Bhutanese believe some days are düchen (དུས་ཆེན་), or auspicious, marked by right alignment of astrological bodies and, as a result, offer ideal opportunities for inner spiritual achievements. The tenth day of a lunar month, or tsechu (ཚེས་བཅུ་), is considered to be düchen, when constellations and stars align to create an environment conducive to spiritual achievements. Tsechu is a düchen associated with the 8th century Indian master Padmasambhava, also known as Guru Rinpoché. Guru Rinpoché is believed to have been born on the tenth day of the Monkey month, though depending on the calendar employed, the Monkey month can vary between the third and sixth lunar months. In Bhutan, the most popular is the tenth day of the fifth lunar month and is when most communities observe the birth anniversary of Guru Rinpoché on this day in an event known as Trelda Tséchu. However, in some eastern valleys of Bhutan, Guru Rinpoché’s birth is observed a month earlier in a celebration called Prue Chö.
In addition to the celebrations during the fourth or fifth months, devotees observe the tenth days of every lunar month throughout the year. Each of these tenth days are associated with different miracles and activities performed by Guru Rinpoché, and his biography is aligned so that there is a major life event associated with each of the tenth days. Therefore, the tenth day or tséchu are considered very important days for those following Guru Rinpoché.
Today Bhutanese observe tsechu, the tenth day, in remembrance of Guru Rinpoché and his great acts. Like the celebration of his birth during Trelda Tsechu, Bhutanese celebrate and honour his activities throughout the year on other tsechu by making offerings and supplications to him. Tséchu days are also special because Guru Rinpoché has pledged to appear and assist those who seek his aid on this particular day. Guru Rinpoché is generally said to respond to people’s prayers anytime but he is believed to have made a special commitment to return to the Himalayan world every tenth day of the month, riding on the rays of the rising sun in order to help sentient beings.
What should one do during tsechu?
Tséchu literally translates as the tenth day but because many festivals are observed on tséchu, it has now become a common term for a festival. Today, Bhutanese mistakenly use it to refer to all festivals. There are many other festivals such as düche, druba, drubché, rabné, and chöpa, which are not tsechu festivals. Tsechu is just one category and they are mostly a commemoration of Guru Rinpoché's life and works.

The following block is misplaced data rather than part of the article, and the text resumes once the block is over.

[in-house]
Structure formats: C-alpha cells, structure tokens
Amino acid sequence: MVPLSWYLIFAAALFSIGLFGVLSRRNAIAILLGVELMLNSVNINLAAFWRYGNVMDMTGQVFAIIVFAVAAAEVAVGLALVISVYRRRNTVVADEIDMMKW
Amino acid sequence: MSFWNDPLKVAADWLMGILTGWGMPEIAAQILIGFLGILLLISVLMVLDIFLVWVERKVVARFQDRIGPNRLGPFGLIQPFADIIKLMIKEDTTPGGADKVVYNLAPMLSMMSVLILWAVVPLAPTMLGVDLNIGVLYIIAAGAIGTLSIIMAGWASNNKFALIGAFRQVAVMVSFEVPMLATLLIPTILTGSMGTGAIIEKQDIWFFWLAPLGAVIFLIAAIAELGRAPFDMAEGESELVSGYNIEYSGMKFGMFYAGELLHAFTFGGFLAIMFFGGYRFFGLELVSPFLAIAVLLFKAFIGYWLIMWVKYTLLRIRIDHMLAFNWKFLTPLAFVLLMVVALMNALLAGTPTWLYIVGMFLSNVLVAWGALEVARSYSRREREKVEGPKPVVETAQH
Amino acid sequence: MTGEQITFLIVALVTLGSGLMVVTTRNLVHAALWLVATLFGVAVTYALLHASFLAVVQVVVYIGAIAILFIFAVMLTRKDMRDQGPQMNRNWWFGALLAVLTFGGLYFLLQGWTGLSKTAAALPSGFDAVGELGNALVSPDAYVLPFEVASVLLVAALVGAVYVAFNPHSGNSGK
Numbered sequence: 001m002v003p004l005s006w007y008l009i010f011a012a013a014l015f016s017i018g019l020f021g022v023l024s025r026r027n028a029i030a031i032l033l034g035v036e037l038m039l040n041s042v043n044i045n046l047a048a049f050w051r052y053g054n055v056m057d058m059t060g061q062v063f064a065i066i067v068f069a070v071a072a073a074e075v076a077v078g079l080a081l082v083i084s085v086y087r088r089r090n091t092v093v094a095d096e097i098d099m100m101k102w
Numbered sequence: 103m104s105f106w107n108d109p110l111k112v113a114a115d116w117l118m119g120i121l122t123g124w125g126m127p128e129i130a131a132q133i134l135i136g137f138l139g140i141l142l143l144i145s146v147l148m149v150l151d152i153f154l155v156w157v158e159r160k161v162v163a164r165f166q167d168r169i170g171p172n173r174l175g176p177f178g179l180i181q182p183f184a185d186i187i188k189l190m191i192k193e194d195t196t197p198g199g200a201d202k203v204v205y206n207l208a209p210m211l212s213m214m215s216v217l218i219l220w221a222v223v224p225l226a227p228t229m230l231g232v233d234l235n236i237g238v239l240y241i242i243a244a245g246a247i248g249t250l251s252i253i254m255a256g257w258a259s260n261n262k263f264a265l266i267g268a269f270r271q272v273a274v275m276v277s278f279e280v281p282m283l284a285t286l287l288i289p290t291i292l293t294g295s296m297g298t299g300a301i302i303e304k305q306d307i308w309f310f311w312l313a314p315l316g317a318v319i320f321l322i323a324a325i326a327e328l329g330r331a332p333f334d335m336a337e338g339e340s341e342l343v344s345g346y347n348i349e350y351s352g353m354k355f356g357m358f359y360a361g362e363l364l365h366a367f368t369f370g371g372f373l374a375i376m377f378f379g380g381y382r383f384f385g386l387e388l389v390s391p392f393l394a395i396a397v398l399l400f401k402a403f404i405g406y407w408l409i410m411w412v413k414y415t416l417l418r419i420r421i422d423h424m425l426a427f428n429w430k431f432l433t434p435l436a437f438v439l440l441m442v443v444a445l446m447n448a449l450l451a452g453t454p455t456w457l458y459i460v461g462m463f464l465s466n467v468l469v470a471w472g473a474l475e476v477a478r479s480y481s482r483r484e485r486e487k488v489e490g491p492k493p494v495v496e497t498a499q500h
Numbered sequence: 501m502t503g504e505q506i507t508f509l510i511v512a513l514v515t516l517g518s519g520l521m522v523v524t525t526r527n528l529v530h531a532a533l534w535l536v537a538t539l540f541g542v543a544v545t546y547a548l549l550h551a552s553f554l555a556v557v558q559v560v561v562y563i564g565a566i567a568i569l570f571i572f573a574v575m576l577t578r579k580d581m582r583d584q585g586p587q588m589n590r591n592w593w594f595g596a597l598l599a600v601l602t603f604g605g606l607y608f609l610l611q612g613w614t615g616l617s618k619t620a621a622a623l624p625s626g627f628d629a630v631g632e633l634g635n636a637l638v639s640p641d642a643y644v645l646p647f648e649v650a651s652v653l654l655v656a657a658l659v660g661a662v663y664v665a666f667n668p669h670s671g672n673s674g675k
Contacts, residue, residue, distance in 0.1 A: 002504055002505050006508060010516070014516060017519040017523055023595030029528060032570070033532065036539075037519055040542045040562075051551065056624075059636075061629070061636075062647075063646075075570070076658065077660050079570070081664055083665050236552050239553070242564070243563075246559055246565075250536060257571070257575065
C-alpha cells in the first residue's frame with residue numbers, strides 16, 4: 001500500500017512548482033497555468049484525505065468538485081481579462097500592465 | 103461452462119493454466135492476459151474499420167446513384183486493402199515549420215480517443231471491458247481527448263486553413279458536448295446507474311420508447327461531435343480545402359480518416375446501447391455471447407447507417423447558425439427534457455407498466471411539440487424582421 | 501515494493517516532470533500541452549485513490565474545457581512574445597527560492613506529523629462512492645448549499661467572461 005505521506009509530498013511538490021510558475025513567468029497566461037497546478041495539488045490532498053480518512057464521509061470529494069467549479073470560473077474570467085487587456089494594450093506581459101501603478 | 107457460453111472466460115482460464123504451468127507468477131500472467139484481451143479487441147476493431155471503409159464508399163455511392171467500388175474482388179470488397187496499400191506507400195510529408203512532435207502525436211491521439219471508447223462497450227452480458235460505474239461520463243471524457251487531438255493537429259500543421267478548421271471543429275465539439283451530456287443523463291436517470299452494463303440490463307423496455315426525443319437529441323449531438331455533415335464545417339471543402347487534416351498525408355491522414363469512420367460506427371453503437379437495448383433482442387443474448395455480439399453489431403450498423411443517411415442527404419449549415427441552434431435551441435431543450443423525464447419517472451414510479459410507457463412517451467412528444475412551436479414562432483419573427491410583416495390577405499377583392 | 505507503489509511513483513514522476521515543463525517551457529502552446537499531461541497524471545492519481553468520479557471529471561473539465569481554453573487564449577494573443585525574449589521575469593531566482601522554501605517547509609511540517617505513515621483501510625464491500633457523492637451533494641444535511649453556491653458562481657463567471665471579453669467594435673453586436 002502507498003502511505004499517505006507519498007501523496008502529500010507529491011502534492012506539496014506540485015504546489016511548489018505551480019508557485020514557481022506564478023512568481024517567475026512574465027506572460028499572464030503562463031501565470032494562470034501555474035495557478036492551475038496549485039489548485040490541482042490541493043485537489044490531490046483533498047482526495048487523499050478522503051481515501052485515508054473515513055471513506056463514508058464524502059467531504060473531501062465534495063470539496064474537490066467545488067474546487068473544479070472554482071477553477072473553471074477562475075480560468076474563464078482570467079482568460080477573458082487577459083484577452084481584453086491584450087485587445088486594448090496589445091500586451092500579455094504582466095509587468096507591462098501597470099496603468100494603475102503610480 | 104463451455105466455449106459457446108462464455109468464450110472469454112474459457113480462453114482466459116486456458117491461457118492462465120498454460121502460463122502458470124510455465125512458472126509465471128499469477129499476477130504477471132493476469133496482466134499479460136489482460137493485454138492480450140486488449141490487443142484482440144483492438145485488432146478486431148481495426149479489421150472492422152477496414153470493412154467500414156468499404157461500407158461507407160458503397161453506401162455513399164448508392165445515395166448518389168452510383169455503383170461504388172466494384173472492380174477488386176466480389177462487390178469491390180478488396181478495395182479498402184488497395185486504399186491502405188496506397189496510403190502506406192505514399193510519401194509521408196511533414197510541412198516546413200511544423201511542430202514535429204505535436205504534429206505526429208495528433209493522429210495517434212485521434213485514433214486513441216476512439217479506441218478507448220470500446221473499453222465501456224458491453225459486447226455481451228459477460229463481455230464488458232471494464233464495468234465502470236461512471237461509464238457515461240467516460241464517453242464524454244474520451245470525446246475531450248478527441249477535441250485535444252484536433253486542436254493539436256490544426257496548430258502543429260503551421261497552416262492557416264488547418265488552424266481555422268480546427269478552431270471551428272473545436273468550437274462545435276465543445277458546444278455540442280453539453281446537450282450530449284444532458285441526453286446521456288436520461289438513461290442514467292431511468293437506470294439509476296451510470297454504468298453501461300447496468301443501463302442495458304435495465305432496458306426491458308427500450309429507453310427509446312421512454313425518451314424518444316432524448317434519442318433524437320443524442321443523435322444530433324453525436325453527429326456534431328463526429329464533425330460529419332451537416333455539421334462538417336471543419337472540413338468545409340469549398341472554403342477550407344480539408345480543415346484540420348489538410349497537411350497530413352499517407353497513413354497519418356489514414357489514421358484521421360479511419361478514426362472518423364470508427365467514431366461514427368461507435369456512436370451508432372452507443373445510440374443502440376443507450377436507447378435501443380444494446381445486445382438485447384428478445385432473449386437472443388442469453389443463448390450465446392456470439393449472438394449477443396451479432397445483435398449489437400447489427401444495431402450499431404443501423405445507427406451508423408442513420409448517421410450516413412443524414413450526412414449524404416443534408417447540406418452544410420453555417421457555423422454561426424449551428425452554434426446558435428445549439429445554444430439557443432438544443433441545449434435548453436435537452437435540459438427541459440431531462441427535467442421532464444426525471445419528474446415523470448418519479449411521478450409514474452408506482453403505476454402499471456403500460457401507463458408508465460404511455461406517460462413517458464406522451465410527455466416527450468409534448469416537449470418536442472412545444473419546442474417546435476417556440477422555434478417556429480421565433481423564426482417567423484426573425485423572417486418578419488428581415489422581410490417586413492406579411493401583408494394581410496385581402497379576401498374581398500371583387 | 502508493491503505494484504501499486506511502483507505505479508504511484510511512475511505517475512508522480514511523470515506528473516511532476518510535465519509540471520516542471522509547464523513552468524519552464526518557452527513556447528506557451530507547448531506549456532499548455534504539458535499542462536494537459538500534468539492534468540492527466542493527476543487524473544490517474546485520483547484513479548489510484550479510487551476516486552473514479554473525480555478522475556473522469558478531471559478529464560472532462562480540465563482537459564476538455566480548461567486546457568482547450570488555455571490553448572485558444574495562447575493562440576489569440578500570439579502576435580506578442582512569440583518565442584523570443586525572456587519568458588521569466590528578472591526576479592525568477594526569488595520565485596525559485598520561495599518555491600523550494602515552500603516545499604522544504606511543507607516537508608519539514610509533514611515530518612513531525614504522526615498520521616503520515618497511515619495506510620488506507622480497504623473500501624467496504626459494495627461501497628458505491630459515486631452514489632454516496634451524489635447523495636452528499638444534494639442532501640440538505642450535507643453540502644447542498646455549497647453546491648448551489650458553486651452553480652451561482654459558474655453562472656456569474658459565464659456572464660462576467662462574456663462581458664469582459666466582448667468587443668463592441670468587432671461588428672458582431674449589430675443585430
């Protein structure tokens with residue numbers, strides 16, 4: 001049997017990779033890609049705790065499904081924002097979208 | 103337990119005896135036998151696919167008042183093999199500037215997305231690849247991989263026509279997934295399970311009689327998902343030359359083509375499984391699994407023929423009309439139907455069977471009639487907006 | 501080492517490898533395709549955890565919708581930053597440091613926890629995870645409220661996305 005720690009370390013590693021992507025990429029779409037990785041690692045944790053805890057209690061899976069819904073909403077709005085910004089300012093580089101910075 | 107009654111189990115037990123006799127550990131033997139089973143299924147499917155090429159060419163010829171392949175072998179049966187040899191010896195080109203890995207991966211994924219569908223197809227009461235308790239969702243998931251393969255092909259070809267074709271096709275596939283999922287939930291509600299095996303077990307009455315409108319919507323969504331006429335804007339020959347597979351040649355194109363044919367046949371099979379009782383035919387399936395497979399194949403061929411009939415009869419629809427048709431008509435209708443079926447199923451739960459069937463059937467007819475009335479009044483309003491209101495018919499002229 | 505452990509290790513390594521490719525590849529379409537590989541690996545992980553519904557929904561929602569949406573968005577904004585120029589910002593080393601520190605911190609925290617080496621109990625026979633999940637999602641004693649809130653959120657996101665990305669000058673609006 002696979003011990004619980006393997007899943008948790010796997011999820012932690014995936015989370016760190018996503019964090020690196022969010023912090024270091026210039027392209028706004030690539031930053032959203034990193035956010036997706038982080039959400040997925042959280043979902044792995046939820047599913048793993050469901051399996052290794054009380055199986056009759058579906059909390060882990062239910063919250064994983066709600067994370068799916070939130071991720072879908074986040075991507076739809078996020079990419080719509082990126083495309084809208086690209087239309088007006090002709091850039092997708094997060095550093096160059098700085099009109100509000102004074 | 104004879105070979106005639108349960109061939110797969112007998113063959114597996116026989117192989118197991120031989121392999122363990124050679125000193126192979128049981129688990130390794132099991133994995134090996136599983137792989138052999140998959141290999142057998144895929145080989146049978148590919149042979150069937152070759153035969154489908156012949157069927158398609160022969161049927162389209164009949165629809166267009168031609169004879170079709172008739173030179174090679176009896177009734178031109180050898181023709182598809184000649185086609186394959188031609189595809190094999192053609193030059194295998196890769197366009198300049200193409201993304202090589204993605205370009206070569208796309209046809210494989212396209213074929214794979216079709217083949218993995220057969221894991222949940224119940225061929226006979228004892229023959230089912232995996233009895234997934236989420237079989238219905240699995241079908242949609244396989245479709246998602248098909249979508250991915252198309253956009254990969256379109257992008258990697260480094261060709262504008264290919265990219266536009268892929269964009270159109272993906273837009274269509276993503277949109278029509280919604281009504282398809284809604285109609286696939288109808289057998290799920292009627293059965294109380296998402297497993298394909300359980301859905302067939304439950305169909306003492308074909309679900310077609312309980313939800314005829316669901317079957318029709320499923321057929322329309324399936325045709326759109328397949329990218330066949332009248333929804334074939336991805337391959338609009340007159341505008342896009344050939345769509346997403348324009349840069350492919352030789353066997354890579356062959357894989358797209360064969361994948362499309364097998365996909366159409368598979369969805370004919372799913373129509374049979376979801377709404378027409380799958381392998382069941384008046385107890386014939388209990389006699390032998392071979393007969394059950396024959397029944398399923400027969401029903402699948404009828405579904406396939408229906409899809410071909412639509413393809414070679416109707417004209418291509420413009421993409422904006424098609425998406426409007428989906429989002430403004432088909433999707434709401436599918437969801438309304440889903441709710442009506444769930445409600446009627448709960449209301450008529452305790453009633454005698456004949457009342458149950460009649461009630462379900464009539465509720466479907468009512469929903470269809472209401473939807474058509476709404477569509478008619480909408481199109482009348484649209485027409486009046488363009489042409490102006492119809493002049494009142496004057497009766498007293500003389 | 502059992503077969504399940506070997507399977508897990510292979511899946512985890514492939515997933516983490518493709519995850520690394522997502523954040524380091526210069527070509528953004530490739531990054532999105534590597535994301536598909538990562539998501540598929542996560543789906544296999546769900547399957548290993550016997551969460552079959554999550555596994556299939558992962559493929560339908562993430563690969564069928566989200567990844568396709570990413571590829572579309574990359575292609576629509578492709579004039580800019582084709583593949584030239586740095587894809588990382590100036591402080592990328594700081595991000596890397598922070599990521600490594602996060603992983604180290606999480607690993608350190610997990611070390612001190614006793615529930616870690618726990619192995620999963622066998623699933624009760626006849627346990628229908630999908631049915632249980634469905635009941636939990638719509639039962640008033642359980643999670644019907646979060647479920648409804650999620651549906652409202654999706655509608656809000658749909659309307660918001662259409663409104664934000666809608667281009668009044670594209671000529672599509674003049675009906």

Tradition maintains that one should observe tsechu with full awareness of Guru Rinpoché, and remembering his personality and the values, ideals, and causes he stands for. If Guru Rinpoché represents compassion, enlightenment, and wisdom, one should remember Guru Rinpoché by actualizing these values and principles in one’s own life. Guru Rinpoché isn’t pleased simply by receiving gifts and praise; his enlightened attitude encourages people to do good and help sentient beings alleviate suffering. Thus, many believers feel it is important to live and behave the way Guru Rinpoché wishes his followers to live and behave.
During tsechu, one should chant prayers to Guru Rinpoché and make the request to help reach his state of insight and perform useful and meaningful actions in the world, just as he has done. Guru Rinpoché's mantra is Om ah hung vajra guru padma siddhi hung, which roughly translates as “Om ah hung, may I attain the state of adamantine teacher Padma”. For adherents, the best way to observe tshechu is keep Guru Rinpoché at the forefront of one’s mind, live up to his ideas and aspirations, and recite prayers that seek his blessings to be able to live up to his ideals. Also important is chanting the seven-line prayer alongside the above-mentioned mantra, which is the essence of all prayers to Guru Rinpoché.
Karma Phuntsho is the Director of Shejun Agency for Bhutan’s Cultural Documentation and Research, the President of the Loden Foundation and the author of The History of Bhutan. The piece was initially published in Bhutan’s national newspaper Kuensel as part of a series called “Why We Do What We Do.”